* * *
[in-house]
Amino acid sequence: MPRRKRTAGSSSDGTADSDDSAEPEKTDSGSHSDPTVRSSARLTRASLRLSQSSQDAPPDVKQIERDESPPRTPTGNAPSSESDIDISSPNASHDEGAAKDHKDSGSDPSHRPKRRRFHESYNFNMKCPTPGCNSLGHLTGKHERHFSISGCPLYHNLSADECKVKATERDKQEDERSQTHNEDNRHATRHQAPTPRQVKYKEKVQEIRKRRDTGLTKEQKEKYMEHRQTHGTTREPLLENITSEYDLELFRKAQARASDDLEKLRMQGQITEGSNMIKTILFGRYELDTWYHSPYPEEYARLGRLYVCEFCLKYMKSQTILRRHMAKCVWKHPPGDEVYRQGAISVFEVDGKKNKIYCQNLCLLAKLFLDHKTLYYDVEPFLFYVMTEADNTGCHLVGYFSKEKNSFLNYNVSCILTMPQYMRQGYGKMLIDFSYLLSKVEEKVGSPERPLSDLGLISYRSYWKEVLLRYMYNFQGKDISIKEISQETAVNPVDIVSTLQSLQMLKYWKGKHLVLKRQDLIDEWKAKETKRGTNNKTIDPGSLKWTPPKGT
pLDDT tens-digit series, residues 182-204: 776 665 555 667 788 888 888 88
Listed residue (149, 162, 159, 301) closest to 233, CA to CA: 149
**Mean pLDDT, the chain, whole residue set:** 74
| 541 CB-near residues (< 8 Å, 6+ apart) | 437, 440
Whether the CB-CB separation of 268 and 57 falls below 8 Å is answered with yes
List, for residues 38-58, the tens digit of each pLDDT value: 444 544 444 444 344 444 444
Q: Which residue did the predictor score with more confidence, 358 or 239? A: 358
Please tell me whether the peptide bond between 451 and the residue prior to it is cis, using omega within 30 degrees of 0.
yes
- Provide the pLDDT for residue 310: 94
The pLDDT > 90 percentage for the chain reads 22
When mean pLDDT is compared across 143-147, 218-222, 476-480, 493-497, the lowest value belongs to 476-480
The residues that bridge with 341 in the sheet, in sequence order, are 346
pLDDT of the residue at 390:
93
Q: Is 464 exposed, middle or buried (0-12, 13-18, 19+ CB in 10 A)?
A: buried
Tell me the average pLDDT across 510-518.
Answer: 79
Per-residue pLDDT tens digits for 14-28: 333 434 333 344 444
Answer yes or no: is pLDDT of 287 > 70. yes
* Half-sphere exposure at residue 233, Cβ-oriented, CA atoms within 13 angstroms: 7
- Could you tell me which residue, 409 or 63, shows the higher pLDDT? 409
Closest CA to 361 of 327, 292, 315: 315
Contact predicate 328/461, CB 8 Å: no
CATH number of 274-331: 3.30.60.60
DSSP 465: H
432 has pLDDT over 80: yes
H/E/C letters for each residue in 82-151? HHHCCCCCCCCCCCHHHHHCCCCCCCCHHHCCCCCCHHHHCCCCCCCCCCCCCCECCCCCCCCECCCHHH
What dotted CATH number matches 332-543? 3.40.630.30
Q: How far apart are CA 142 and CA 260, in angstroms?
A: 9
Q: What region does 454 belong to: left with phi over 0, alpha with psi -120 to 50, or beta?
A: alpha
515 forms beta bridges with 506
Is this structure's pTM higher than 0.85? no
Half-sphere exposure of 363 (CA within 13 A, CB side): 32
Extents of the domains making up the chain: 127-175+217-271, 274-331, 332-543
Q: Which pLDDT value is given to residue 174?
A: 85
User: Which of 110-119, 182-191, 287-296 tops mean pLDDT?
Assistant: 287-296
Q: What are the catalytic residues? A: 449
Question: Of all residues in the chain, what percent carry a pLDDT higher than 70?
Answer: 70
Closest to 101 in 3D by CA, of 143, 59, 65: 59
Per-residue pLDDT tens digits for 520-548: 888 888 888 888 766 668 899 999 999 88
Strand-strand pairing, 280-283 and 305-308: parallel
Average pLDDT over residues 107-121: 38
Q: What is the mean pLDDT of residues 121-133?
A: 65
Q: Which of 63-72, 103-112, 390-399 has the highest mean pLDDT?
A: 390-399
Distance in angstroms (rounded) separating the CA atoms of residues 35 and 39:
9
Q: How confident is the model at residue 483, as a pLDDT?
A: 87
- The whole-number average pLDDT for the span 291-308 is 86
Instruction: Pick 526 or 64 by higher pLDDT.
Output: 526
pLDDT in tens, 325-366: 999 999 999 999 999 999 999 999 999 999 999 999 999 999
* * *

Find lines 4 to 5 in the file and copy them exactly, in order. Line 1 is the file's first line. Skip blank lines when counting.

Listed residue (149, 162, 159, 301) closest to 233, CA to CA: 149
**Mean pLDDT, the chain, whole residue set:** 74